Why would I need an inlay or onlay?
It is best to get a dental check-up if you feel any pain or discomfort or notice any cracked or chipped teeth. We offer emergency appointments for serious cases. Dental Inlays and Onlays are needed in the following scenarios:
- Large decay wherein a tooth filling wouldn’t be strong enough
- Root canal treated tooth with considerable amount of healthy tooth structure
- Tooth at risk for fracture
- Bite plane correction
Dental Inlays vs Onlays
Both inlay and onlay are fabricated in a dental laboratory which is made of porcelain, gold, or other metal; and are placed on the teeth positioned at the back of the mouth (premolars and molars). The difference of use depends on the amount of tooth structure that has been lost due.
An inlay is an indirect restoration for a large decay which involves the central part of a tooth’s chewing surface and may involve one cusp or tip of a tooth. On the other hand, onlay is an indirect restoration which involves more than one or all tips of a tooth.
Inlay fits in between tips of a tooth while an onlay covers the entire chewing surface of a tooth.
Comparing your options
Inlays, onlays, dental fillings and crowns are all used in different situations, depending on the damage that has occurred to the tooth.
- Inlays and onlays are indirect restorations which are fabricated at the dental laboratory while tooth fillings are direct restorations which are moulded and placed directly at the prepared tooth on one appointment.
- Inlays and onlays are indicated for large decay involving the chewing surface and tips of a tooth while tooth fillings are great for repairing small to medium sized cavities.
- Inlays and onlays are less invasive compared to a crown. It requires minimal reduction of tooth structure compared to crown preparation.
How Dental Inlays & onlays are performed
The procedure for inlay and onlay requires two dental visits. You can read below the benefits of getting this treatment, not only can it save the teeth, but it also strengthens it.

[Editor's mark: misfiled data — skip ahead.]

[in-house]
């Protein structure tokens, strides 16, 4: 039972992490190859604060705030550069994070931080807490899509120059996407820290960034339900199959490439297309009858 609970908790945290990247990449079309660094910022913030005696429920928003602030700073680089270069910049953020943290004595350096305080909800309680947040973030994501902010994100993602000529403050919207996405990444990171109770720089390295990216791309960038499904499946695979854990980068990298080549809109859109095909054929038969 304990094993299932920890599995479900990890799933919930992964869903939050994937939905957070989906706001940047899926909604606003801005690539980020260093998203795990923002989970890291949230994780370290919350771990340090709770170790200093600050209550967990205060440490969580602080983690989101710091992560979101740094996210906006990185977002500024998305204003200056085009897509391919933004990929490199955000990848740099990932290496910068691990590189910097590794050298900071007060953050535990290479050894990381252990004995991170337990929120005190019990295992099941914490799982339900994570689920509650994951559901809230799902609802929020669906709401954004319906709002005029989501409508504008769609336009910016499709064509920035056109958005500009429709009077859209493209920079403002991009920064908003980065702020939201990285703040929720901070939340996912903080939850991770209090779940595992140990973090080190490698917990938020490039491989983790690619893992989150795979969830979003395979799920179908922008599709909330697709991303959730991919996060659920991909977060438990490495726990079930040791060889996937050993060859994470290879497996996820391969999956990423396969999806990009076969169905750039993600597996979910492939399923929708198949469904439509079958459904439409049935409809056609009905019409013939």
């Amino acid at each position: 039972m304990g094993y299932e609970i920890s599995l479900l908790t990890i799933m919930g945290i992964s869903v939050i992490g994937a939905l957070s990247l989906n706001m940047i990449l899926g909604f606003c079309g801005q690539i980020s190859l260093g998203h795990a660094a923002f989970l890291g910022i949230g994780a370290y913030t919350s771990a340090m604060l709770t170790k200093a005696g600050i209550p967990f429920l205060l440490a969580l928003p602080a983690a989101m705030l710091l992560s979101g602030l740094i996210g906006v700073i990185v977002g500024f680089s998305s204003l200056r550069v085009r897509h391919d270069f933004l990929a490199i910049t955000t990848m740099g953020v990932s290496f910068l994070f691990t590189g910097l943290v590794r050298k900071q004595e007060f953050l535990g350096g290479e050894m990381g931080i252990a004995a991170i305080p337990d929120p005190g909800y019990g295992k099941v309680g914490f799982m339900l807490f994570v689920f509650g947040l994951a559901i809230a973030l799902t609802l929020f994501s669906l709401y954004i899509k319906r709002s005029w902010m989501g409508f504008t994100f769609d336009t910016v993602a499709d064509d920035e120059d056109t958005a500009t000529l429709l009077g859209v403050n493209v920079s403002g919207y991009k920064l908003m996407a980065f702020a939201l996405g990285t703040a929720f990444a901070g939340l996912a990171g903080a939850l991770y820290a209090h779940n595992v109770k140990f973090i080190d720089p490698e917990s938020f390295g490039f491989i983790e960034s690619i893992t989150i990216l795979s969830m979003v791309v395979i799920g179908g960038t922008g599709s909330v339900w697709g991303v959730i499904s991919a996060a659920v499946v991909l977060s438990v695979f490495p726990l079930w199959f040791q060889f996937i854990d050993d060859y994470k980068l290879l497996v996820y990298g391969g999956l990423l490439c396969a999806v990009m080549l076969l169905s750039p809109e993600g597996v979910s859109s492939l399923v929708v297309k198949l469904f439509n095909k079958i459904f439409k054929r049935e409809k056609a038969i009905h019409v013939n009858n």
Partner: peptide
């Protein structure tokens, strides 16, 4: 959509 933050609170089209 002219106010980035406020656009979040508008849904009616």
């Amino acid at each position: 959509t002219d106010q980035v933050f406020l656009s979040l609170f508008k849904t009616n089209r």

At the first dental visit, the dentist will start by numbing the tooth to be treated with local anaesthesia. Then, the tooth will be prepared by removing the infected or decayed portion.
The dentist will use an impression tray that fits on your upper and lower mouth to get a mould of the tooth prepared. Your bite will also be registered using a specific dental paste to guide the construction of tips of your onlay. This impression is sent off to the dental laboratory, where the dental technologists will fabricate an inlay or onlay that will fit the tooth prepared.
While waiting for the fabrication of the inlay/onlay, the dentist creates a temporary filling or cover for your tooth to protect it until your next appointment. You should avoid eating sticky food, drinking extremely hot or cold beverages, and engaging in physical sports.
The dentist will remove the temporary restoration to place the fabricated inlay or onlay. Fitting of the restoration will be checked. Once inlay/onlay fits correctly, the dentist will use a bonding paste to cement the restoration permanently to the tooth.
Before the treatment ends, the restoration will be polished to ensure a smooth finish.